After all of your guests have arrived and worked up a bit of an appetite, you’ll want to serve a garden fresh salad. The key to any salad is fresh ingredients and the perfect dressing. If you want to scrimp on the budget, try making your own dressing. A typical, basic green salad vinaigrette can be made with mustard, olive oil, vinegar, salt and pepper. David Leibovitz provides a step-by-step recipe for the perfect French vinaigrette. You can also try making a raspberry vinaigrette, which goes great on a spinach salad with candied walnuts and red onion. Like the hors d’oeuvres, the salad should be a breeze. You can experiment with vinaigrettes ahead of time, and toss your salad moments before serving. Easy!
Deciding on a main course may give you the most trouble. With so many options, how can you possibly pick just one main course? Well, you’ll need to narrow down your options. If you’re having a lot of people over, you will want to have a main course that can cook itself as you host, serve, pour, and mingle. Such entrees include rack of lamb, chicken, or pork. If you’re cooking for two, you can do something a little more complicated, like a steak, seared to perfection over a heavy frying pan. The season could also help you choose your side dishes or main course. Since you’re making a gourmet meal, you’ll want the freshest ingredients available, including fruits and vegetables that are fresh-picked and in their seasonal prime. You can check to see what foods are in season in your region on this seasonal ingredient map. The Food Network provides an archive of seasonal recipes that could help give you some inspiration. Plan your main course around an array of colors and nutrients. A colorful dish appeals to both the taste-buds and the eyes. You can also play with textures and flavors -- crisp with tender, sweet with savory -- you want to present a dish that has a little bit of everything.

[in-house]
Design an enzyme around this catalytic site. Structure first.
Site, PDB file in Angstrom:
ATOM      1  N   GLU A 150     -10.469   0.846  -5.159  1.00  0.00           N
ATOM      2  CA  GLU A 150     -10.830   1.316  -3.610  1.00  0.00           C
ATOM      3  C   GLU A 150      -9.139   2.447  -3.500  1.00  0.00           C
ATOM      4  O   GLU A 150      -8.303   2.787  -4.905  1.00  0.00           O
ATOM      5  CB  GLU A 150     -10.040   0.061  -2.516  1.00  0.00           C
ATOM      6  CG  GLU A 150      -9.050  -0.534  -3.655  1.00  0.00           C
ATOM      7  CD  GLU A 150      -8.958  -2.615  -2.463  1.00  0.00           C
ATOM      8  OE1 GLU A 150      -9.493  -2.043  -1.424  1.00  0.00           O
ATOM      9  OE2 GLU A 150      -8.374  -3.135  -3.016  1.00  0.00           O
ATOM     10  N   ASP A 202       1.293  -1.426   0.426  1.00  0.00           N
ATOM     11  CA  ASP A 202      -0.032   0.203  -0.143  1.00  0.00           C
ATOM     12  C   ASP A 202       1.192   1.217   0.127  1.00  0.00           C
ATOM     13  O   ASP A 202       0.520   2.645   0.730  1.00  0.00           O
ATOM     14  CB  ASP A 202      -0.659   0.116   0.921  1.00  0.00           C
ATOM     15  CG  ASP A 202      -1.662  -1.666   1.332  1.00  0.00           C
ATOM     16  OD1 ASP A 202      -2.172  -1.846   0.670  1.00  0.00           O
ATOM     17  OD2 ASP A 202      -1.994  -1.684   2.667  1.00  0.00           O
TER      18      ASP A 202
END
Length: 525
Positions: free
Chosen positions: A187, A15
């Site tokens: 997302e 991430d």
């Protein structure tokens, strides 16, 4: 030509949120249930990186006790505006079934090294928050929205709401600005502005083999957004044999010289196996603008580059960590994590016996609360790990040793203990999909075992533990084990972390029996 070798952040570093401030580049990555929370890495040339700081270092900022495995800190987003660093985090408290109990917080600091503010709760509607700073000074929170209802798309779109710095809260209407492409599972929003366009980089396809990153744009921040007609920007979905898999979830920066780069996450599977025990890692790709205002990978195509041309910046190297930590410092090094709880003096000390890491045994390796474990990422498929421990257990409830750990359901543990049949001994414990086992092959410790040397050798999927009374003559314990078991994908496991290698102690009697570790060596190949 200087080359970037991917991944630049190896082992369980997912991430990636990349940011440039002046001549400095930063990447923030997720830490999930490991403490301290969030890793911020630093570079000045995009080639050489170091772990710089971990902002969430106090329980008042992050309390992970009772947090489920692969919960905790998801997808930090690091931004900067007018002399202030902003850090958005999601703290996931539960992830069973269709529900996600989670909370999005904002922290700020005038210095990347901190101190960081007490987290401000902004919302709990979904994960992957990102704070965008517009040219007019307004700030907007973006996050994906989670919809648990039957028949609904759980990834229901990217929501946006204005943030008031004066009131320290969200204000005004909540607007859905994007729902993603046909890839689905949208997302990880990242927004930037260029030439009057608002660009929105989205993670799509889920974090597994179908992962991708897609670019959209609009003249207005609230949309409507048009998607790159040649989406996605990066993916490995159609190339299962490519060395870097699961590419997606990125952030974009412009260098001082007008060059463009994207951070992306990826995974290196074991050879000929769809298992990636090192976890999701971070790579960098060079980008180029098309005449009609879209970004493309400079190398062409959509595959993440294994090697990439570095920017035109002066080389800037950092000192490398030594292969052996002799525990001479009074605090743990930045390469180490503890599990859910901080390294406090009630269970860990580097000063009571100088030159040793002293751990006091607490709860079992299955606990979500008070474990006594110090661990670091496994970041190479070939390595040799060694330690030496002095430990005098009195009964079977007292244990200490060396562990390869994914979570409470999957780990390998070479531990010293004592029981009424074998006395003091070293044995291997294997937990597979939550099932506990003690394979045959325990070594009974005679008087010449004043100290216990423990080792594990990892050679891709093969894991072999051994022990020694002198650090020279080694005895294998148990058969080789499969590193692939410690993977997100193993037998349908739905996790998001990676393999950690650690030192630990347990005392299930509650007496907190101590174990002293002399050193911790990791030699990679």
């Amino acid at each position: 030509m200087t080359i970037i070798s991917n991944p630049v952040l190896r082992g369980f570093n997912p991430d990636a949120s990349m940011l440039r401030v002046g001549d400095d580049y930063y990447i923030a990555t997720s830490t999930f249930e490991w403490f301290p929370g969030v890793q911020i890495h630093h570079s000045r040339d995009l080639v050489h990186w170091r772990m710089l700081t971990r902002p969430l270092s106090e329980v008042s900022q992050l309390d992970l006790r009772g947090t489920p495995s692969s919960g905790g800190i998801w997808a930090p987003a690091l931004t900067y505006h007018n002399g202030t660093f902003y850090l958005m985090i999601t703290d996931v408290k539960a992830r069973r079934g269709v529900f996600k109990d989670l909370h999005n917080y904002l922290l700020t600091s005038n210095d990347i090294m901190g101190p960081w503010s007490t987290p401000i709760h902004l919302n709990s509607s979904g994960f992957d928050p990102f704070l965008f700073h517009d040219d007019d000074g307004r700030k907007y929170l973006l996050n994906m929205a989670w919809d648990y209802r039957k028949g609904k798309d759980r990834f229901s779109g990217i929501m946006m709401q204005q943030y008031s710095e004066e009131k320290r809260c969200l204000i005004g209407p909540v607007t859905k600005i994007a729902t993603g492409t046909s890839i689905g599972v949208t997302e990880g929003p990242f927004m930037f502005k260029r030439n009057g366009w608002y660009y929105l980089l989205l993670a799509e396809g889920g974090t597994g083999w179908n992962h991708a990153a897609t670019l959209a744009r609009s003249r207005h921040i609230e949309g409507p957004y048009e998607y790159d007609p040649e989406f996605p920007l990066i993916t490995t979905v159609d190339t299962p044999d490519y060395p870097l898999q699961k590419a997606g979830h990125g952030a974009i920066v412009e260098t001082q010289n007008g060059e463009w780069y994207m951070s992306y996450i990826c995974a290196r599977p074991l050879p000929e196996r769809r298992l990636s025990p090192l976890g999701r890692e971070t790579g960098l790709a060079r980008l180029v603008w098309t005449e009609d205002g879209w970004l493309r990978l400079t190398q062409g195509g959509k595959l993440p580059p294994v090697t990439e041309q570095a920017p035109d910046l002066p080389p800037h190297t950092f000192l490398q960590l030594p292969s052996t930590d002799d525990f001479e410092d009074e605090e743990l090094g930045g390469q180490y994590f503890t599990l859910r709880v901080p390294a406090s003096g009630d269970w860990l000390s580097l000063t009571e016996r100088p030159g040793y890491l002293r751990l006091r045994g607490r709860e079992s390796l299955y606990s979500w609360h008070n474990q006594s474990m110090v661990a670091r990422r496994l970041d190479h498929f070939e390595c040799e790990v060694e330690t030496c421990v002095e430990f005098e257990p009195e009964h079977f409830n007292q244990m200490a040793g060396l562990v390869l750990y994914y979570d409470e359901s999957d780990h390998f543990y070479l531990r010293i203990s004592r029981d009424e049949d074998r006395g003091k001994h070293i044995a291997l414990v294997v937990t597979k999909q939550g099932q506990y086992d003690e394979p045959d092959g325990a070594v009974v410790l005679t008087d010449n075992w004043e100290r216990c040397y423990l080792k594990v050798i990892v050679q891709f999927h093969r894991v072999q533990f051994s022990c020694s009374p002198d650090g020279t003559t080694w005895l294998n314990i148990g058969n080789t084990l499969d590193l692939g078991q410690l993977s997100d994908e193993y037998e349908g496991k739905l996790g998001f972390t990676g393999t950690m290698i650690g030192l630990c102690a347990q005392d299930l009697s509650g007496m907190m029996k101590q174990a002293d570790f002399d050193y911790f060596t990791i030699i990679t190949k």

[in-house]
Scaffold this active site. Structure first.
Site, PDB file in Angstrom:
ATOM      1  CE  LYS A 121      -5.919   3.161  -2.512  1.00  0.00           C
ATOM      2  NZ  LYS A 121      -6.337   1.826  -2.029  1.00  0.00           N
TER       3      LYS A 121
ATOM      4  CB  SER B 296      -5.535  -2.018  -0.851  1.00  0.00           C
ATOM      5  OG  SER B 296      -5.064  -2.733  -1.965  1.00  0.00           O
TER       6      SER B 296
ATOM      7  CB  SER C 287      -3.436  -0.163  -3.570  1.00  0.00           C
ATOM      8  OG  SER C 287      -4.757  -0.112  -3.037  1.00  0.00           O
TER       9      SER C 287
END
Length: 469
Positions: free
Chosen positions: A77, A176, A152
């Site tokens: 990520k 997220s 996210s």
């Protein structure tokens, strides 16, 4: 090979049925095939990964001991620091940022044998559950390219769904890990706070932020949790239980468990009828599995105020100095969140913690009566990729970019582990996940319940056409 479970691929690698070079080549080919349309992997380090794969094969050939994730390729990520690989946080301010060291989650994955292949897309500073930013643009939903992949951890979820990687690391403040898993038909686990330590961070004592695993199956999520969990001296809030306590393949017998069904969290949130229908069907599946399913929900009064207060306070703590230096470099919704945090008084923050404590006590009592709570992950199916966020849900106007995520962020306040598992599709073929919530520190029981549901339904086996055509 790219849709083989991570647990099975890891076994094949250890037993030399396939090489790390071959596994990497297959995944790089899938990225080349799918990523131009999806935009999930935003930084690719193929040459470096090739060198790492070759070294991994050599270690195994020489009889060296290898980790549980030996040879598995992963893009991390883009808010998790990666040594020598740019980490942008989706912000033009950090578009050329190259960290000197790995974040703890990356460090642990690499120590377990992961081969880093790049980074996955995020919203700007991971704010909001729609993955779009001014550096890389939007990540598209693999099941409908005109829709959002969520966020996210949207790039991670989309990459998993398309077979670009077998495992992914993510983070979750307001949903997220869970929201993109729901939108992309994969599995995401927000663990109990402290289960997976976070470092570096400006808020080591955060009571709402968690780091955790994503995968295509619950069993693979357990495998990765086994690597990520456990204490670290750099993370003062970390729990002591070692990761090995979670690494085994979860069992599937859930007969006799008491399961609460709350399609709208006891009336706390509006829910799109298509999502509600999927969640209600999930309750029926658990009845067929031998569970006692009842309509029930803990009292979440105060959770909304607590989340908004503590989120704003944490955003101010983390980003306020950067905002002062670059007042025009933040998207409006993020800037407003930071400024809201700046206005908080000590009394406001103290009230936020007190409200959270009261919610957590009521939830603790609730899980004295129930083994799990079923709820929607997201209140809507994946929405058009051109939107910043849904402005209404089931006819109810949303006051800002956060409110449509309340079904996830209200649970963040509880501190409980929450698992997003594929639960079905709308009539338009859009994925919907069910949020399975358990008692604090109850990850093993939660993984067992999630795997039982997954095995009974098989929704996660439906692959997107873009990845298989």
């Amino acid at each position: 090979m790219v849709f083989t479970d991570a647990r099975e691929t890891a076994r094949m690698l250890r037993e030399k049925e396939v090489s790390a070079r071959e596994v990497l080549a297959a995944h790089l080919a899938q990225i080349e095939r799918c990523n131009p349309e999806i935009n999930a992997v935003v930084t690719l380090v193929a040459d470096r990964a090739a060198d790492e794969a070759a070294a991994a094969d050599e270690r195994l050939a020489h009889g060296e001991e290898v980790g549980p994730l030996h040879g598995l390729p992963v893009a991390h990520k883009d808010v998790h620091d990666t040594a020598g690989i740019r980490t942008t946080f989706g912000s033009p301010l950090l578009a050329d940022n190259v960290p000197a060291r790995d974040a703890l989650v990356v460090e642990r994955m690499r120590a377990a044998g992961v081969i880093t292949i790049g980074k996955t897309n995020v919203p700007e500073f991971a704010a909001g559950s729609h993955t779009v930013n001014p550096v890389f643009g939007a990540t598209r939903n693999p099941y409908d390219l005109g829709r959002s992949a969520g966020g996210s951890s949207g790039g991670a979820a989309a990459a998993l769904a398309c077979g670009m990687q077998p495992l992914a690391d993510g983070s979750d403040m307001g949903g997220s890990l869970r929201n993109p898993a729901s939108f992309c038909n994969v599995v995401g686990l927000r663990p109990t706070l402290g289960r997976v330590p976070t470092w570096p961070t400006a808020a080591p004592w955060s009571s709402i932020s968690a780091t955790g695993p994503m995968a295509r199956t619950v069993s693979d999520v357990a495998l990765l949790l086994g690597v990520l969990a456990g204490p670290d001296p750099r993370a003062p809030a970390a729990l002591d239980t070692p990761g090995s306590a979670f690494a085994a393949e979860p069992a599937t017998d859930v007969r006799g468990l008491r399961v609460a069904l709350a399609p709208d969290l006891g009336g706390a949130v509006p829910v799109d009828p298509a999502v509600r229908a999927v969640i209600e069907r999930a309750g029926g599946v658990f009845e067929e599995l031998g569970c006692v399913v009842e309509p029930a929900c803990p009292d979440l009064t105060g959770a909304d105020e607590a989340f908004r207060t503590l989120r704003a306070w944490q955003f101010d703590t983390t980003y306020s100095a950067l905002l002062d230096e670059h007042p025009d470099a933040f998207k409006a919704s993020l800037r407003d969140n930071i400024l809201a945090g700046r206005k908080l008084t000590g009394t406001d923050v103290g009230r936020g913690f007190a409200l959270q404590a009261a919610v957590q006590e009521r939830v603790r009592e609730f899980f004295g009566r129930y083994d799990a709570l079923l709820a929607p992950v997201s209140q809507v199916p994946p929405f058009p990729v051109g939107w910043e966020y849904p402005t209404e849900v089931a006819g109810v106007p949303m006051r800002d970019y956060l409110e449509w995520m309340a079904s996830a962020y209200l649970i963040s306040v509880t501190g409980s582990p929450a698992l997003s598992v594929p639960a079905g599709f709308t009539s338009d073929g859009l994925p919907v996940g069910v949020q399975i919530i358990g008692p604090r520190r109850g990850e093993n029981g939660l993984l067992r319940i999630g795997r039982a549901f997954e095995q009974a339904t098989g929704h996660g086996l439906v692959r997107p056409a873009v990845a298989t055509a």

Last, but certainly not least, the dessert. You and your guests may be stuffed to the brim, but we always leave a little room for some sugar, don’t we? The great thing about dessert is that it usually can be made ahead of time, then served after dinner. A chocolate tart can be chilled, then served straight out of the fridge. Certain cakes, like carrot cakes for example, taste best at room temperature (e.g. hours after they are actually made). After devouring some sweet treats, finish with a coffee or digestif. In a formal setting, the coffee is usually taken in another room, such as the living room or terrace. When buying coffee beans, go straight to the source: your favorite cafe. Resist the urge to purchase overpriced “gourmet” coffees at your local supermarket. You may be more interested in investing in a classic digestif, like a grappa, whiskey, or fortified wine, instead of an after-dinner coffee. While digestifs are uncommon in the U.S., they’re a great way to allow your guests to wrap up conversation as their stomachs settle.
Et voila! After a fresh opening drink, simple appetizers, a hearty main course, lip-smacking dessert, and a closing coffee, you will feel as content as you ever did after that fancy-schmancy restaurant meal. Yeah, you may have to say goodbye to your favorite Italian restaurant, but I’m sure you’ll find that a homemade, gourmet meal enjoyed with good company is just as sweet.
Thank you for your article, Sean!
**Pop in tomorrow to see just how simple it is to make The Neely's Sweet Potato Souffle the Cookin' Lean way! (Yes, marshmellows included!) It just might be what your Turkey Day menu needs!